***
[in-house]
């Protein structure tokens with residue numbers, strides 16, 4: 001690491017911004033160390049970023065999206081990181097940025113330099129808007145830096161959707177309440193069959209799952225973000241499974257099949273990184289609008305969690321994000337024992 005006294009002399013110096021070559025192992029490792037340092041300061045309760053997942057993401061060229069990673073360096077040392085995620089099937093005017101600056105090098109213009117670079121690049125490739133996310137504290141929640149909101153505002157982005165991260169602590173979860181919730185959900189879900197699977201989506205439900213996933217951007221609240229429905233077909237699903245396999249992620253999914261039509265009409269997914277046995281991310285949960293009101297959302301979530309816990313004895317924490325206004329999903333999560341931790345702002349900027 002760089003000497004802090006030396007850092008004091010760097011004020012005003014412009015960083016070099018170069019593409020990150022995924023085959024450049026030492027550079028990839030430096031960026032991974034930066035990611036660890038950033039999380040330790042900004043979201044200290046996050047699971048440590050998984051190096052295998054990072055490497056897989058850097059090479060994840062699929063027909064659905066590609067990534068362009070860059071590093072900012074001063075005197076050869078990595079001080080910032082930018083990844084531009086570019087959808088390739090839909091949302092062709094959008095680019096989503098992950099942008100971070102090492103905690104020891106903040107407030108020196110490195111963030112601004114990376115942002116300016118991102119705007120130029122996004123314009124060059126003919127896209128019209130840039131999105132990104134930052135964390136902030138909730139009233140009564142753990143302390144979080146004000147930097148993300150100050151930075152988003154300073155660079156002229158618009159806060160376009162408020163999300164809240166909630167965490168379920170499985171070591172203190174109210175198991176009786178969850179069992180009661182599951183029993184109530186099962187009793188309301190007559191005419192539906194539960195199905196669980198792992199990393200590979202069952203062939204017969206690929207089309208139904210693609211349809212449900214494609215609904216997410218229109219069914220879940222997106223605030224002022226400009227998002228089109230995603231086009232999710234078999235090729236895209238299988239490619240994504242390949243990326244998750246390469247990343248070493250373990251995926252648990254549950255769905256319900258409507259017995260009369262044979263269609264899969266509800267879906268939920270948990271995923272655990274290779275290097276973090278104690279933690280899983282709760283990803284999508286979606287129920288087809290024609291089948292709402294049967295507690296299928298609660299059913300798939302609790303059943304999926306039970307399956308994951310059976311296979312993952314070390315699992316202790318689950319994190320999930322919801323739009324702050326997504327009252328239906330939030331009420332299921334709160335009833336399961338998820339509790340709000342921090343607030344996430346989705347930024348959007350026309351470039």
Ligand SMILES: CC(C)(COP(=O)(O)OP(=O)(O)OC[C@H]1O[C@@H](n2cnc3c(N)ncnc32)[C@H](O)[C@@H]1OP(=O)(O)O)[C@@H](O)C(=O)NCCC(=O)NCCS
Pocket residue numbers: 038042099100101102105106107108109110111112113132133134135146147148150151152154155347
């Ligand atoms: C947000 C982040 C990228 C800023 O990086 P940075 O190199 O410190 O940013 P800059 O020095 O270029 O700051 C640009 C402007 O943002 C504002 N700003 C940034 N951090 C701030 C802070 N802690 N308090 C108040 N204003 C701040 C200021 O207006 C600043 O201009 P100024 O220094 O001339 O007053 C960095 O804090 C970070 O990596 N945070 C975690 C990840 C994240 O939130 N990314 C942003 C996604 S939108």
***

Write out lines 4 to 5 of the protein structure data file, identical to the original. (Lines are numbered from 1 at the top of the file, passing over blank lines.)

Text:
Pocket residue numbers: 038042099100101102105106107108109110111112113132133134135146147148150151152154155347
């Ligand atoms: C947000 C982040 C990228 C800023 O990086 P940075 O190199 O410190 O940013 P800059 O020095 O270029 O700051 C640009 C402007 O943002 C504002 N700003 C940034 N951090 C701030 C802070 N802690 N308090 C108040 N204003 C701040 C200021 O207006 C600043 O201009 P100024 O220094 O001339 O007053 C960095 O804090 C970070 O990596 N945070 C975690 C990840 C994240 O939130 N990314 C942003 C996604 S939108």